Vitamin B12 is responsible for many important roles in the body, such as keeping the body’s nerve and blood cells healthy and helping to make DNA – the genetic material in all cells. Falling short of the required amount of B12 can therefore have a pronounced effect on the body. There are many reasons why some may develop B12 deficiency but the two most common are diet and pernicious anaemia.
Why diet? Vitamin B12 is found naturally in a wide variety of animal foods and is added to some fortified foods.
As the National Institutes of Health (NIH) explains, plant foods have no vitamin B12 unless they are fortified.
This puts vegans and vegetarians at a far higher risk of becoming B12 deficient.
The leading cause of B12 deficiency in the UK is pernicious anaemia, however.
Pernicious anaemia is an autoimmune disease that prevents the body from making intrinsic factor (a protein made by the stomach and needed to absorb vitamin B12 in the intestine).
Many people with low B12 levels experience the same symptoms, irrespective of the cause.
Although B12 deficiency caused by pernicious anaemia has been shown to produce some peculiar effects.
According to a case report published in the journal eNeurologicalSci (eNS), dysphagia is an uncommon manifestation of vitamin B12 deficiency that is potentially reversible if diagnosed and treated within the first six months.
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Dysphagia is the medical term for swallowing difficulties.
As the NHS explains, some people with dysphagia have problems swallowing certain foods or liquids, while others can’t swallow at all.
Over time, dysphagia can also cause symptoms such as weight loss and repeated chest infections, notes the health body.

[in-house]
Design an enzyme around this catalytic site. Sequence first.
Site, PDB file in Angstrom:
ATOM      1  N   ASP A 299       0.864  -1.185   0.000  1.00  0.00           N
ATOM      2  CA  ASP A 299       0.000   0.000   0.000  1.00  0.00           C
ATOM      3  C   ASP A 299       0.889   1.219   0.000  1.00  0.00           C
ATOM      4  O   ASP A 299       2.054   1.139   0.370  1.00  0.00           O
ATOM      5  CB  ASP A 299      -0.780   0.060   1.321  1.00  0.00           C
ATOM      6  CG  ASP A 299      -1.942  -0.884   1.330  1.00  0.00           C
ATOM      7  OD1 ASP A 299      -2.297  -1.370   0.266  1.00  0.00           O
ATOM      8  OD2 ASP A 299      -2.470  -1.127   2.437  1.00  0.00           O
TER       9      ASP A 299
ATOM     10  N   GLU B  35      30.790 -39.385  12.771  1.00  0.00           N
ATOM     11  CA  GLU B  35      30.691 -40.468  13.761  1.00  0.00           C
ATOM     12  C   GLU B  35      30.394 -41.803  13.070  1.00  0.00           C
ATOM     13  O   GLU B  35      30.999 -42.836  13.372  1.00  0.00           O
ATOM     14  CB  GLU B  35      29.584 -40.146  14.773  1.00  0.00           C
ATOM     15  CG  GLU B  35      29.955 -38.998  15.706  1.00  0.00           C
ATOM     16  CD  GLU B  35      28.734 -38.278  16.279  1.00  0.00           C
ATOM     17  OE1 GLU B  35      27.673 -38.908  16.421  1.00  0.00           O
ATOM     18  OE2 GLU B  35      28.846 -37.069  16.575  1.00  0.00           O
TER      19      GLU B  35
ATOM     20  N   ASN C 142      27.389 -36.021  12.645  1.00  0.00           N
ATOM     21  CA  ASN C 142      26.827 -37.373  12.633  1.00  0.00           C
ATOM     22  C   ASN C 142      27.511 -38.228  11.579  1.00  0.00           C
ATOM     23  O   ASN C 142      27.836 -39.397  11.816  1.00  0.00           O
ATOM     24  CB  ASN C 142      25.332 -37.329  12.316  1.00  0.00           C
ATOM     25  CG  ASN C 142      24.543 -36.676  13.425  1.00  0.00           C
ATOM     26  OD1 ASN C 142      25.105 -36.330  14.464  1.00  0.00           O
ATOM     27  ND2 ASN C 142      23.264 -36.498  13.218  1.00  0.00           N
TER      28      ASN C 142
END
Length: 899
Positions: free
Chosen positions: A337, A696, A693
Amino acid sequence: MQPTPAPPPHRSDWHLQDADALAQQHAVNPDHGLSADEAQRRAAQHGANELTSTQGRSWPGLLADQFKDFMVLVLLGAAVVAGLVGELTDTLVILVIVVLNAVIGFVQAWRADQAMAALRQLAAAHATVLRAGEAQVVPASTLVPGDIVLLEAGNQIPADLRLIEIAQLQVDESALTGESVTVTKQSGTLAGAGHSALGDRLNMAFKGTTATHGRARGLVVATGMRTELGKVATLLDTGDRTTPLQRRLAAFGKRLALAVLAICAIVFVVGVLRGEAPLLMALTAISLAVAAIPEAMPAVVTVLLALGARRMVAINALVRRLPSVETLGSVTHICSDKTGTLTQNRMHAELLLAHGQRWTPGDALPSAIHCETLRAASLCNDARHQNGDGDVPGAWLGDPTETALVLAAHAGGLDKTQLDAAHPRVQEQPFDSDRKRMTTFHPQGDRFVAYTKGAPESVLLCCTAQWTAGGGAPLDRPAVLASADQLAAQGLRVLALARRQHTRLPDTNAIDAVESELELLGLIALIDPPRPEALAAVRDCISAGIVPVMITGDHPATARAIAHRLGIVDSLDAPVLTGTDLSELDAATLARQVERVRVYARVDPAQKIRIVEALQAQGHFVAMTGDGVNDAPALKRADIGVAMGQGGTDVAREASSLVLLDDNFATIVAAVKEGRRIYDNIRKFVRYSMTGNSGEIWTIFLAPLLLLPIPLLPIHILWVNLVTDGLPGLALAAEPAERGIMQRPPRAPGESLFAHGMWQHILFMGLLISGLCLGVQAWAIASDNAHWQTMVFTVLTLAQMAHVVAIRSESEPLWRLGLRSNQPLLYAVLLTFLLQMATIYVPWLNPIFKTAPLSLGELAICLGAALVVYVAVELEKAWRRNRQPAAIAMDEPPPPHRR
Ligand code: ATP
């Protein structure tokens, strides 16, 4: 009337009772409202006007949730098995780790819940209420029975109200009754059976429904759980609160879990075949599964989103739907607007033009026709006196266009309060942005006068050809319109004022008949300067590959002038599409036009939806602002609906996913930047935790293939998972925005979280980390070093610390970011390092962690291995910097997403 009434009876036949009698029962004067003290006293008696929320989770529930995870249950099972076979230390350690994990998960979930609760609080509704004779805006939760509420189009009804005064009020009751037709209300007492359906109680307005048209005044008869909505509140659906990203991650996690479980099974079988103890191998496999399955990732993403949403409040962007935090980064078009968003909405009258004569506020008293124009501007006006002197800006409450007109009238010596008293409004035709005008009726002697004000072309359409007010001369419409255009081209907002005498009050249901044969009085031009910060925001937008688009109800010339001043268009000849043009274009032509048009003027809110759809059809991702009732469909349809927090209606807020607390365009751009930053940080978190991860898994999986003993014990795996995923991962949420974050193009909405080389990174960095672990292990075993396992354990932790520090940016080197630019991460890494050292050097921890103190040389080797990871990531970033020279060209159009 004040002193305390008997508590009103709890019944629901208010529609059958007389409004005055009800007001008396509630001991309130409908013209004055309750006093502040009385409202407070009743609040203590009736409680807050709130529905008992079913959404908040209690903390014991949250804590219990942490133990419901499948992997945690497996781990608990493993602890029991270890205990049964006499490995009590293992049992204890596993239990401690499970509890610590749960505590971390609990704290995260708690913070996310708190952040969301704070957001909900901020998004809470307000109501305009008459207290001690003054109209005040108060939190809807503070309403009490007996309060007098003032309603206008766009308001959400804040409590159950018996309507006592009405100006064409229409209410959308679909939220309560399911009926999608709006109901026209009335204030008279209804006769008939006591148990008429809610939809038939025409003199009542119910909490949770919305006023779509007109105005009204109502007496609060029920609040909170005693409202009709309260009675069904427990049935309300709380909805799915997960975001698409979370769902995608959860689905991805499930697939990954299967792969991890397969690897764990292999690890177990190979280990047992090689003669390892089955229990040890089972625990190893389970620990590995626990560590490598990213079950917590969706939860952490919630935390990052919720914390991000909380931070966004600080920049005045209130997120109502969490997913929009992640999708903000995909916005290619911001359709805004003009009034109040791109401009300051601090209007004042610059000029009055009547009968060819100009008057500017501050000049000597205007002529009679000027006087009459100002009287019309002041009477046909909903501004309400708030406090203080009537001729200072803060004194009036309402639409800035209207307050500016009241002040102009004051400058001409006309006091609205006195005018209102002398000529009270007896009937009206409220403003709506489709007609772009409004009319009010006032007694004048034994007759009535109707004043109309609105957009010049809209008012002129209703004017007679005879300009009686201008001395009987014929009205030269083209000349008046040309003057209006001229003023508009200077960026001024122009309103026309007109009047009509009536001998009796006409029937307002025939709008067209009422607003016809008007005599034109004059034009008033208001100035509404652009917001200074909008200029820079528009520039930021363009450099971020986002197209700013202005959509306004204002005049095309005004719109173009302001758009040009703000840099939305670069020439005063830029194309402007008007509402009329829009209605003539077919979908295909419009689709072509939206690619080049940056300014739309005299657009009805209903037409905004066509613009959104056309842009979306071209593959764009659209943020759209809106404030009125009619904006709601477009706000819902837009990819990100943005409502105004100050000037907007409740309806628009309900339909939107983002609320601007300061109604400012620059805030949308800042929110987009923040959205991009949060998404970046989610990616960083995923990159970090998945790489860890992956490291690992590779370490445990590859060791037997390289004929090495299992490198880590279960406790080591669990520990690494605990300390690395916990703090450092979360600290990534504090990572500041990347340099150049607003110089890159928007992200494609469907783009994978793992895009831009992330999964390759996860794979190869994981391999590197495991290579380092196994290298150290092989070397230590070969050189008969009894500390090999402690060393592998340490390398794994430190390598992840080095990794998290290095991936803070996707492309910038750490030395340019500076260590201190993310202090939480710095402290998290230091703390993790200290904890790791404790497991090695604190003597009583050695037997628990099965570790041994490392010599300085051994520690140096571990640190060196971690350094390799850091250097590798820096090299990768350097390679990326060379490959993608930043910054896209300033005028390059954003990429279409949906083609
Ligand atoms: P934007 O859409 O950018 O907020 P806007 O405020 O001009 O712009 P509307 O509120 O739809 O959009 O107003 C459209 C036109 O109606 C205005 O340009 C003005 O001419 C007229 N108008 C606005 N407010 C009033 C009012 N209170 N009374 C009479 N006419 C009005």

In fact, this symptom progression was identified in the case report published in eNS.
A 66-year-old male presented to the hospital with dyspnea and productive cough.
His medical review revealed that he had difficulty swallowing solids and an unintentional 30-pound weight loss over the past year.
He was injected with B12 and saw “significant improvement” in both anaemia and dysphagia, with no further hospitalisations for aspiration over one year of follow-up, the case report said.
Vitamin B12 deficiency anaemia is usually treated with injections of vitamin B12.
There are two types of vitamin B12 injections:
“If your vitamin B12 deficiency is caused by a lack of the vitamin in your diet, you may be prescribed vitamin B12 tablets to take every day between meals,” explains the NHS.
According to the health body, people who find it difficult to get enough vitamin B12 in their diets, such as those following a vegan diet, may need vitamin B12 tablets for life.
It adds: “Although it’s less common, people with vitamin B12 deficiency caused by a prolonged poor diet may be advised to stop taking the tablets once their vitamin B12 levels have returned to normal and their diet has improved.”
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